SHRINIVAS B DESAI VIMAL KASBEKAR
Giddiness is common, but confusing symptom. The evaluation requires patience and thorough knowledge of various systems. Causes can vary from just being functional to structural. It is here where imaging plays a significant role. Prior to advent of computed tomography (CT), pleurodirectional tomography was used to evaluate patients with temporal bone disease. Polytomography provided excellent visualization of bony abnormalities but suboptimal delineation of soft tissue lesions. High resolution CT currently provides improved detection of bony abnormalities compared to polytomography. CT is still the procedure of choice for detection of osseous abnormalities of the temporal bone. CT lacks the capability to characterize detected soft tissue abnormality. The identification as well as characterization of soft tissue abnormalities, as inflammatory or neoplastic within the temporal bone is far easier on MR than on CT because of the lack of bony artefact. It has now been 25 years since the first magnetic resonance (MR) images were produced. Just about the time we think MRI has settled down and we begin to gather clinical experience worldwide, new software or hardware comes along, making previous techniques all but obsolete.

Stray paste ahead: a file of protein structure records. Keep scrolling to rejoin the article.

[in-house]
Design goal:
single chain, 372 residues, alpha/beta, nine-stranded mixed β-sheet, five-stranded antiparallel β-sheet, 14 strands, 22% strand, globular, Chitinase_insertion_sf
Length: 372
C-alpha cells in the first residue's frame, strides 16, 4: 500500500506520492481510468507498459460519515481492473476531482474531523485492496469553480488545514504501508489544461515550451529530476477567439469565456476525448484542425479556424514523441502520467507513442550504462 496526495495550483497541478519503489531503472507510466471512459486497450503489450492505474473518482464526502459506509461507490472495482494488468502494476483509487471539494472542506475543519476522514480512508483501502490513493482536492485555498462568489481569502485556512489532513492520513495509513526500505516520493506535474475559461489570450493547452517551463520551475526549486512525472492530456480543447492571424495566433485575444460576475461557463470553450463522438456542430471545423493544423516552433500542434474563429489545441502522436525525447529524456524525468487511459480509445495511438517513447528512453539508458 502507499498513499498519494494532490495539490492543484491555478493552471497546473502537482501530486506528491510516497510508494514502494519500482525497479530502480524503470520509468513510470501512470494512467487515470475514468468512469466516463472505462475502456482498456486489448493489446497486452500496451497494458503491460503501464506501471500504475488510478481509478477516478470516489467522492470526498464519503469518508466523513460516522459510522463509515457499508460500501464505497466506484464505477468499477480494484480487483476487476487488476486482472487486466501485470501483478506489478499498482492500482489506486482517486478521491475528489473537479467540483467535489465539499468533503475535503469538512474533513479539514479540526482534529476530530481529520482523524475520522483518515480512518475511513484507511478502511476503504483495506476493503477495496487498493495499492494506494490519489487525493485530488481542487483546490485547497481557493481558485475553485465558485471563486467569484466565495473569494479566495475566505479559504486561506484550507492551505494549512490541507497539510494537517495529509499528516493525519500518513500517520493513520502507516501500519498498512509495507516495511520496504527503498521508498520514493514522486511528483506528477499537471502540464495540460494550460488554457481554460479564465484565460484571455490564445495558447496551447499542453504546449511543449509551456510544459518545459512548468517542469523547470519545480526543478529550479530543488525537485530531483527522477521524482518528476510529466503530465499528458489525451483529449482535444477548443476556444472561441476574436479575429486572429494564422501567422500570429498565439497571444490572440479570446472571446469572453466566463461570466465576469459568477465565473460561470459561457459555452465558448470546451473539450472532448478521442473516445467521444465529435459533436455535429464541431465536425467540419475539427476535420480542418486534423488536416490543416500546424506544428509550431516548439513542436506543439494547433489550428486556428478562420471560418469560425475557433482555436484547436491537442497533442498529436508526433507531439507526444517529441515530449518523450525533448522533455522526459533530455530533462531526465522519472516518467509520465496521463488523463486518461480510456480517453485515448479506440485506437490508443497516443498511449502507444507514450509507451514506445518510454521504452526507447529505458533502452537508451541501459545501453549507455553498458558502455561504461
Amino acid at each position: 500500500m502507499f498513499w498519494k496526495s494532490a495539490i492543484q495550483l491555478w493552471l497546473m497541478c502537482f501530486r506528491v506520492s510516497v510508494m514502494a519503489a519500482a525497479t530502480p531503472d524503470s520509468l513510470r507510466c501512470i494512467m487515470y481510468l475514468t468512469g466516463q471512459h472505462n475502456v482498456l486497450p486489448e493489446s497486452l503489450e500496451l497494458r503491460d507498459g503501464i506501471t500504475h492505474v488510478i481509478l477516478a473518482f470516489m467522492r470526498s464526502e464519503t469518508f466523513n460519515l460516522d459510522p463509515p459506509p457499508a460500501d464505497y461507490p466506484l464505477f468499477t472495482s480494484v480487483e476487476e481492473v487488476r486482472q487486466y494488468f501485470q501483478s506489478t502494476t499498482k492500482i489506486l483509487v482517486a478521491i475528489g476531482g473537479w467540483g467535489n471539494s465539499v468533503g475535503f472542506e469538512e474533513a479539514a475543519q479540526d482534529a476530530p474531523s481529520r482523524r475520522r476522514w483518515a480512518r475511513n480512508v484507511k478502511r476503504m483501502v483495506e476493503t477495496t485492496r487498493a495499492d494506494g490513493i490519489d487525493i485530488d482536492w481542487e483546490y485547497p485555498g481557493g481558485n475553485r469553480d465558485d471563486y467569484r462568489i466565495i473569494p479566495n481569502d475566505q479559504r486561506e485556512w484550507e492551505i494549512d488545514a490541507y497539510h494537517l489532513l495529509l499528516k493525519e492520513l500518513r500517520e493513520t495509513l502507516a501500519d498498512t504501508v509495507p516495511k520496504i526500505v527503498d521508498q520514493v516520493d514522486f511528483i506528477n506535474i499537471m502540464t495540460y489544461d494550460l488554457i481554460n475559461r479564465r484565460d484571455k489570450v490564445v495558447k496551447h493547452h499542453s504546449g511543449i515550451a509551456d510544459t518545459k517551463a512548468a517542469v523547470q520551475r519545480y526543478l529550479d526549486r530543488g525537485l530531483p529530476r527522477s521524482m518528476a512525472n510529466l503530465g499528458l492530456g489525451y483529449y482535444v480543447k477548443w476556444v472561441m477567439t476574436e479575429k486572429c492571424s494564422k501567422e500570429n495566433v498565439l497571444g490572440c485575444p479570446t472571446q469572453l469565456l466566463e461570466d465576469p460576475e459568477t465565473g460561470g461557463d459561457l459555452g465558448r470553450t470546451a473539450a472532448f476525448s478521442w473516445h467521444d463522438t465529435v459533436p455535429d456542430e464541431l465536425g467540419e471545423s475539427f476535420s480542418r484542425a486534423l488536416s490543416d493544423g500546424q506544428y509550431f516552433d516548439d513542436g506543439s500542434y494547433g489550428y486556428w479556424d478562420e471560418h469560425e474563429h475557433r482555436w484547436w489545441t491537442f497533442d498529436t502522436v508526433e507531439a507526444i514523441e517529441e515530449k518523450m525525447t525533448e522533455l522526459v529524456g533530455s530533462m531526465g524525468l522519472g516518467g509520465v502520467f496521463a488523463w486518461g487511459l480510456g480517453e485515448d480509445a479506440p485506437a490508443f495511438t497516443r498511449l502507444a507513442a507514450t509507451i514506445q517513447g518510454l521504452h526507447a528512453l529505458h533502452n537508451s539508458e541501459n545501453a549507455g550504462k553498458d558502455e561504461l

It was thought appropriate to bring out detailed issue dedicated to this common but complex problem, the diagnosis and treatment of which can be incomplete or unsatisfactory, if not understood properly.
The purpose of this issue is threefold -
1. To demonstrate normal appearances.
2. To illustrate the imaging appearance of common lesions responsible for giddiness.
3. Indicate those instances where imaging plays role in diagnosis and patient management in a case of-giddiness.
The future of imaging in medical diagnosis and medical research is bright one indeed, and this issue goes a long way towards accurately presenting the role of imaging in diagnosis and management of giddiness.
SHRINIVAS B DESAI, VIMAL KASBEKAR